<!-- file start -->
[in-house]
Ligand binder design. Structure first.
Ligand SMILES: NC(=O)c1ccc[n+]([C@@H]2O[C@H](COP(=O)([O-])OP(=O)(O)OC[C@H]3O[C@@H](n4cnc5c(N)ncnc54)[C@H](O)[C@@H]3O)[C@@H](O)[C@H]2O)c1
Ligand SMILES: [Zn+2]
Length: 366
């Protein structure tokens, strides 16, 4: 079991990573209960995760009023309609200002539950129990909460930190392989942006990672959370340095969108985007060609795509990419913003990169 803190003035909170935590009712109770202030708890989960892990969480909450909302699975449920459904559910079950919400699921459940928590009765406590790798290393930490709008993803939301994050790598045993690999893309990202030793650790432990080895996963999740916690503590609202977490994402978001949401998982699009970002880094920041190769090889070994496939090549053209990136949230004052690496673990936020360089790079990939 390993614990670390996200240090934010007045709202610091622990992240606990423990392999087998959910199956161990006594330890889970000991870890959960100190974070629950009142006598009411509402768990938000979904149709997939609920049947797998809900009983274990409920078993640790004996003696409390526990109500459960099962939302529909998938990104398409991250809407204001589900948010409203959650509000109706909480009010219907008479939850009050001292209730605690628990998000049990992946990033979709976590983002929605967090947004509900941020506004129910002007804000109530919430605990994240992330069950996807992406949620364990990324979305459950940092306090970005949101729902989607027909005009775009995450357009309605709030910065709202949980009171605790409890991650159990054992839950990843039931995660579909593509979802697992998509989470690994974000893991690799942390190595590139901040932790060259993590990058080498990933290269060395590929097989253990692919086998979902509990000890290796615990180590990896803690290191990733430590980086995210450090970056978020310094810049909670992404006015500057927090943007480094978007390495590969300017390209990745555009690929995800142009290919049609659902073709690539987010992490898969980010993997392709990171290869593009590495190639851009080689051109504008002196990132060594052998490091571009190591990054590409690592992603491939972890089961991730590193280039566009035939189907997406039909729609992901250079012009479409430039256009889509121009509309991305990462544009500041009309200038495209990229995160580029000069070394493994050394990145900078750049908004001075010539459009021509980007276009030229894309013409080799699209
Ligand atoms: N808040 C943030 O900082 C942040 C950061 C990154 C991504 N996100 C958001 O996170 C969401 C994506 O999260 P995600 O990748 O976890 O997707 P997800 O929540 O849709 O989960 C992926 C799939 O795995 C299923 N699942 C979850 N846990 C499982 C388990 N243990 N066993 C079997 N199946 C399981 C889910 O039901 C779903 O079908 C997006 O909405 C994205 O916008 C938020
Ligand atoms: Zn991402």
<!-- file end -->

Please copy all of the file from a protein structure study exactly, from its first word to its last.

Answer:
[in-house]
Ligand binder design. Structure first.
Ligand SMILES: NC(=O)c1ccc[n+]([C@@H]2O[C@H](COP(=O)([O-])OP(=O)(O)OC[C@H]3O[C@@H](n4cnc5c(N)ncnc54)[C@H](O)[C@@H]3O)[C@@H](O)[C@H]2O)c1
Ligand SMILES: [Zn+2]
Length: 366
């Protein structure tokens, strides 16, 4: 079991990573209960995760009023309609200002539950129990909460930190392989942006990672959370340095969108985007060609795509990419913003990169 803190003035909170935590009712109770202030708890989960892990969480909450909302699975449920459904559910079950919400699921459940928590009765406590790798290393930490709008993803939301994050790598045993690999893309990202030793650790432990080895996963999740916690503590609202977490994402978001949401998982699009970002880094920041190769090889070994496939090549053209990136949230004052690496673990936020360089790079990939 390993614990670390996200240090934010007045709202610091622990992240606990423990392999087998959910199956161990006594330890889970000991870890959960100190974070629950009142006598009411509402768990938000979904149709997939609920049947797998809900009983274990409920078993640790004996003696409390526990109500459960099962939302529909998938990104398409991250809407204001589900948010409203959650509000109706909480009010219907008479939850009050001292209730605690628990998000049990992946990033979709976590983002929605967090947004509900941020506004129910002007804000109530919430605990994240992330069950996807992406949620364990990324979305459950940092306090970005949101729902989607027909005009775009995450357009309605709030910065709202949980009171605790409890991650159990054992839950990843039931995660579909593509979802697992998509989470690994974000893991690799942390190595590139901040932790060259993590990058080498990933290269060395590929097989253990692919086998979902509990000890290796615990180590990896803690290191990733430590980086995210450090970056978020310094810049909670992404006015500057927090943007480094978007390495590969300017390209990745555009690929995800142009290919049609659902073709690539987010992490898969980010993997392709990171290869593009590495190639851009080689051109504008002196990132060594052998490091571009190591990054590409690592992603491939972890089961991730590193280039566009035939189907997406039909729609992901250079012009479409430039256009889509121009509309991305990462544009500041009309200038495209990229995160580029000069070394493994050394990145900078750049908004001075010539459009021509980007276009030229894309013409080799699209
Ligand atoms: N808040 C943030 O900082 C942040 C950061 C990154 C991504 N996100 C958001 O996170 C969401 C994506 O999260 P995600 O990748 O976890 O997707 P997800 O929540 O849709 O989960 C992926 C799939 O795995 C299923 N699942 C979850 N846990 C499982 C388990 N243990 N066993 C079997 N199946 C399981 C889910 O039901 C779903 O079908 C997006 O909405 C994205 O916008 C938020
Ligand atoms: Zn991402």